Recruiting International Students

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Overall first-time graduate enrollments from international students at US institutions did not climb in 2008-09 (though emerging markets in the Middle East still saw increases), according to a survey released this week by the Council of Graduate Schools. Reasons suggested for the stagnant numbers include the global recession and increased competition from other nations. Many undergraduate programs, however, have reported surges in international students; the University of Oregon announced a 16% jump in undergraduate international enrollment. And many institutions (among the most recent, Virginia Tech and the University of Nebraska) have set goals for doubling international enrollment in the next five or ten years.

Now more than ever, it’s critical for enrollment managers in the US and Canada to be intentional in their approach to recruiting international students. Sarah Ramisch Stewart, Manager of International Admissions and Recruitment at Carleton University, offers some practical tips for planning your approach.

What You Should Be Asking

Approach international recruitment with clearly defined goals and an eye for finding the best match. Stewart suggests:

  • Define what your institution’s unique offerings are
  • Determine what programs you want to highlight and promote internationally
  • Look for emerging international markets with the right student profile

Identifying the right student profile is critical, and not just in terms of academic interest. Stewart offers the example of a rural or lesser-known institution seeking applicants in Turkey. In this case, recruiters will likely see more return on their investment if they look for students outside Istanbul and the major cities, because those students will not be looking for a big city experience.

If you are recruiting for undergraduate programs, take a careful look at the secondary school system in the target country. If the country has an 11-year system, will you be able to admit students directly into your first-year program, or will they need bridge programs? If the country has a 13-year system, will you offer transfer credit and admit students into your upper division?

“Know the profile of the students in the target country, and how that profile meets your needs.”
Sarah Ramisch Stewart, Carleton University

Entering A New Market

When starting direct recruitment in a new international market, Stewart suggests, institutions should be very intentional about their point of entry into the market. For example, individual visits to high schools in the target country may be a very useful approach for institutions that have established connections in that country, but institutions new to that market will find this approach less effective. Because their institutional name isn’t known, they run the risk of poor student turn-out at their visits.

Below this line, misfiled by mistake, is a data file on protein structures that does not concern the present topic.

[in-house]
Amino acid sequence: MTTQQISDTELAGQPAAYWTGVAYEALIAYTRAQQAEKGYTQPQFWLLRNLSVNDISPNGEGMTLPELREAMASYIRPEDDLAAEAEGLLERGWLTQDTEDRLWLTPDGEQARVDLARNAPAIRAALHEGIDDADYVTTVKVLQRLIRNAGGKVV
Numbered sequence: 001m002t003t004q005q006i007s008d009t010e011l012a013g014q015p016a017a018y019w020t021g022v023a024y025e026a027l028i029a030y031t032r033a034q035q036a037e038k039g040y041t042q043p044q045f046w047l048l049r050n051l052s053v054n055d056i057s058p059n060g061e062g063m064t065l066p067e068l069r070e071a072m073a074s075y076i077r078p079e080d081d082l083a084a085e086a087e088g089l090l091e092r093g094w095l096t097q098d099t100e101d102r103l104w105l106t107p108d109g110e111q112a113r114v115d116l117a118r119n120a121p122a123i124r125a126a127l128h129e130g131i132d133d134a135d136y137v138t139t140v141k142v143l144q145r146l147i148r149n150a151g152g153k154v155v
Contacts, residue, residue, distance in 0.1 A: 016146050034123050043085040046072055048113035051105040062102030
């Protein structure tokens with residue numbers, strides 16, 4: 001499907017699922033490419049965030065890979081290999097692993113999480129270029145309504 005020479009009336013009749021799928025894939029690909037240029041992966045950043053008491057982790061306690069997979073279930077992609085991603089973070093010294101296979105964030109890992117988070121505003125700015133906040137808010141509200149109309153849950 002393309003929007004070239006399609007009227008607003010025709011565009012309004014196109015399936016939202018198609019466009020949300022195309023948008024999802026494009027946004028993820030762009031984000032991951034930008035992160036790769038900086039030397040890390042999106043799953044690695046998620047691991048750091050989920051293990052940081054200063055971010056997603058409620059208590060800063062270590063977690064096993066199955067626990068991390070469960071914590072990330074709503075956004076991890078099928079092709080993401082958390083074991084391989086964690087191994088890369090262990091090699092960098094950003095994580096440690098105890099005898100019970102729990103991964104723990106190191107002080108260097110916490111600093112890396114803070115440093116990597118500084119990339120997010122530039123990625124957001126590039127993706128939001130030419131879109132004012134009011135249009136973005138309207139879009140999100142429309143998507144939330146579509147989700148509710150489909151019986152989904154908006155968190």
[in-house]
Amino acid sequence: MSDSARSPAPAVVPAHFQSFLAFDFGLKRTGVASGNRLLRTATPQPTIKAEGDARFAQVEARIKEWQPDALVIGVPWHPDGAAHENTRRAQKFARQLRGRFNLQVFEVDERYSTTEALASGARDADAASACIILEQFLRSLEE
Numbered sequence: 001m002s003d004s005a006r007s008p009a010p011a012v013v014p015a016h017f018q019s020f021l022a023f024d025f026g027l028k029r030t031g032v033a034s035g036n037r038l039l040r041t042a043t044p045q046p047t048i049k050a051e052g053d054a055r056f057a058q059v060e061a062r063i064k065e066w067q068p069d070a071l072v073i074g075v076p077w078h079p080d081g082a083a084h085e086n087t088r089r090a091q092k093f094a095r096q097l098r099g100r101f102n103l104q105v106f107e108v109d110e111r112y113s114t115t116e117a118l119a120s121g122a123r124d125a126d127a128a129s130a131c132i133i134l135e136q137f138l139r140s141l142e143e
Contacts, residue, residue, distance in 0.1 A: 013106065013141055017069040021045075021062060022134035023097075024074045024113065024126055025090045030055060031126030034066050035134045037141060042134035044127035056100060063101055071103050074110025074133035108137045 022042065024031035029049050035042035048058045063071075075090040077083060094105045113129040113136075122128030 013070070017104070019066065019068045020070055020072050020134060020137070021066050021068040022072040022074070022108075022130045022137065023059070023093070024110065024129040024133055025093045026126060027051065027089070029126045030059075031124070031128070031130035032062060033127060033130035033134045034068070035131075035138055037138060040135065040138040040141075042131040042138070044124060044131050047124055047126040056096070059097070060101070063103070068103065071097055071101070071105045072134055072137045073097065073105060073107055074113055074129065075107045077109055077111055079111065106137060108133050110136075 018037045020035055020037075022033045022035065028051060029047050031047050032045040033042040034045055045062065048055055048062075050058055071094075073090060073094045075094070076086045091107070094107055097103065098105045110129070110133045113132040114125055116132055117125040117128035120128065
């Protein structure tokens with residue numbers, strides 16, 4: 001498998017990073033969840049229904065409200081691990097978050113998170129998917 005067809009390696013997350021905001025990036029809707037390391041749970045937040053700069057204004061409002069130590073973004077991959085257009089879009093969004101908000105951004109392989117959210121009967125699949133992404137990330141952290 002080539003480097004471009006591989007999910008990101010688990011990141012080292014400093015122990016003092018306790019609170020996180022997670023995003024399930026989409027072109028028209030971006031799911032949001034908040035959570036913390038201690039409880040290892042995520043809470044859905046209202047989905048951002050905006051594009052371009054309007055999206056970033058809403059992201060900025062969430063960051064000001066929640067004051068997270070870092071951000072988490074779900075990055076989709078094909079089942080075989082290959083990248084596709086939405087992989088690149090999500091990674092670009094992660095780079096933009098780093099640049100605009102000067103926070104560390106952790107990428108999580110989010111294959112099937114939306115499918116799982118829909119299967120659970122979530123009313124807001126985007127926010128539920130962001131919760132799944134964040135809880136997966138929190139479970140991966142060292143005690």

“Your goals the first time out ought to be market research and access to prospective students. For this reason, trying to do an independent, focused visit the first time out may not allow you to reap the full benefit.”
Sarah Ramisch Stewart, Carleton University

Instead, consider a large education fair, which will give you exposure to a greater number of students. You’ll be able to interact with them and hear what their questions and concerns are, and that information will be invaluable as you plan ahead. Another option is a group visit or organized tour. “You can benefit from the greater exposure that the presence of better-known institutions brings to get your school’s name out there,” Stewart notes.

The Preparation

“The most common pitfall is assuming the trip itself is the work. It is the preparation before travel and the follow-up after the trip that are the real keys to success.”
Sarah Ramisch Stewart, Carleton University

“Do your due diligence,” Stewart recommends. “Do as much research up front as possible.” For example, make sure you are choosing the right event. Research the fair organizer or the tour organizer, read reports from previous years, seek references, and ensure that the event is attracting the right profile of students for your institution. “Ask what other institutions are attending — are they your peers? Are you well aligned in this group? Does it make sense to be a part of this group?”

If you are planning to advertise in a publication in the target country, learn that publication’s distribution and its reach into the intended market. Make sure it will help you reach your goals.

“Research the culture thoroughly. Look at holiday times, local cultural customs, appropriate methods of address, customs around gifts, whether to shake hands or not to. Consideration for the culture can convey to students and families that you really care about their transition to your institution.”
Sarah Ramisch Stewart, Carleton University

“Don’t do your planning last minute,” Stewart adds. “Investigate what the best time of year for your audience is. When you do visits will affect who you are seeing.” In the fall, you may see seniors in the midst of the application process. Later in the winter, “recruitment is just as crucial, but in this case you may be focusing on conversion.” You may see students who have applied and need follow-up support, or juniors looking to apply the following year.

The main thing is to go in with a plan.

The Follow Up

“Timely, personal, individualized follow-up is key,” Stewart remarks. “If you have had wonderful conversations with students and families on the ground, continue the communication. Make sure they feel looked after and ensure their conversion to a student at your institution.”